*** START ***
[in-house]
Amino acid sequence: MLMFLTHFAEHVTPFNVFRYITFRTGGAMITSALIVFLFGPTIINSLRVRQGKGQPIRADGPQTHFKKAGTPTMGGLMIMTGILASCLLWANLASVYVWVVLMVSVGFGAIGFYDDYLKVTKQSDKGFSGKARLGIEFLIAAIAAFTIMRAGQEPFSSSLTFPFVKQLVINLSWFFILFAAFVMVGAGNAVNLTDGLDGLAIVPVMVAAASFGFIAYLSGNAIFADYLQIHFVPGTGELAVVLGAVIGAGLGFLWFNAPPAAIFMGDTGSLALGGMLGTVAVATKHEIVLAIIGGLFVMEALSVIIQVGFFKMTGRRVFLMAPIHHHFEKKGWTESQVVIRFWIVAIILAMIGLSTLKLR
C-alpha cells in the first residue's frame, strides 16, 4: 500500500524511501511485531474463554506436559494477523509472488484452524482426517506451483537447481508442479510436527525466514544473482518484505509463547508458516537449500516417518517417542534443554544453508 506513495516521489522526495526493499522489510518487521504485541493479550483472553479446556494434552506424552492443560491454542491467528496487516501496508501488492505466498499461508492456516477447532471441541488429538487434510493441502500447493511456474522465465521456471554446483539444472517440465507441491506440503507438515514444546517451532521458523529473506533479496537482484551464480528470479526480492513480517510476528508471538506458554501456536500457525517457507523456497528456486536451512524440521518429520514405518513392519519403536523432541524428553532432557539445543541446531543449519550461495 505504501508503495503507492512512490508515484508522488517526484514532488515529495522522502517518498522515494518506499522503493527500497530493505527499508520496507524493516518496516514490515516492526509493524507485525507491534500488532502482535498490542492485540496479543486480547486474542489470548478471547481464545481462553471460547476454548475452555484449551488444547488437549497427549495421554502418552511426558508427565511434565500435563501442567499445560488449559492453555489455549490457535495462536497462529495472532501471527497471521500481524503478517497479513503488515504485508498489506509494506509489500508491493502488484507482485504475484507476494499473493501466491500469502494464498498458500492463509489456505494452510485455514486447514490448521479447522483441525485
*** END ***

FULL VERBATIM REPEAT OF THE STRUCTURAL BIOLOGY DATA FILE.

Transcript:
[in-house]
Amino acid sequence: MLMFLTHFAEHVTPFNVFRYITFRTGGAMITSALIVFLFGPTIINSLRVRQGKGQPIRADGPQTHFKKAGTPTMGGLMIMTGILASCLLWANLASVYVWVVLMVSVGFGAIGFYDDYLKVTKQSDKGFSGKARLGIEFLIAAIAAFTIMRAGQEPFSSSLTFPFVKQLVINLSWFFILFAAFVMVGAGNAVNLTDGLDGLAIVPVMVAAASFGFIAYLSGNAIFADYLQIHFVPGTGELAVVLGAVIGAGLGFLWFNAPPAAIFMGDTGSLALGGMLGTVAVATKHEIVLAIIGGLFVMEALSVIIQVGFFKMTGRRVFLMAPIHHHFEKKGWTESQVVIRFWIVAIILAMIGLSTLKLR
C-alpha cells in the first residue's frame, strides 16, 4: 500500500524511501511485531474463554506436559494477523509472488484452524482426517506451483537447481508442479510436527525466514544473482518484505509463547508458516537449500516417518517417542534443554544453508 506513495516521489522526495526493499522489510518487521504485541493479550483472553479446556494434552506424552492443560491454542491467528496487516501496508501488492505466498499461508492456516477447532471441541488429538487434510493441502500447493511456474522465465521456471554446483539444472517440465507441491506440503507438515514444546517451532521458523529473506533479496537482484551464480528470479526480492513480517510476528508471538506458554501456536500457525517457507523456497528456486536451512524440521518429520514405518513392519519403536523432541524428553532432557539445543541446531543449519550461495 505504501508503495503507492512512490508515484508522488517526484514532488515529495522522502517518498522515494518506499522503493527500497530493505527499508520496507524493516518496516514490515516492526509493524507485525507491534500488532502482535498490542492485540496479543486480547486474542489470548478471547481464545481462553471460547476454548475452555484449551488444547488437549497427549495421554502418552511426558508427565511434565500435563501442567499445560488449559492453555489455549490457535495462536497462529495472532501471527497471521500481524503478517497479513503488515504485508498489506509494506509489500508491493502488484507482485504475484507476494499473493501466491500469502494464498498458500492463509489456505494452510485455514486447514490448521479447522483441525485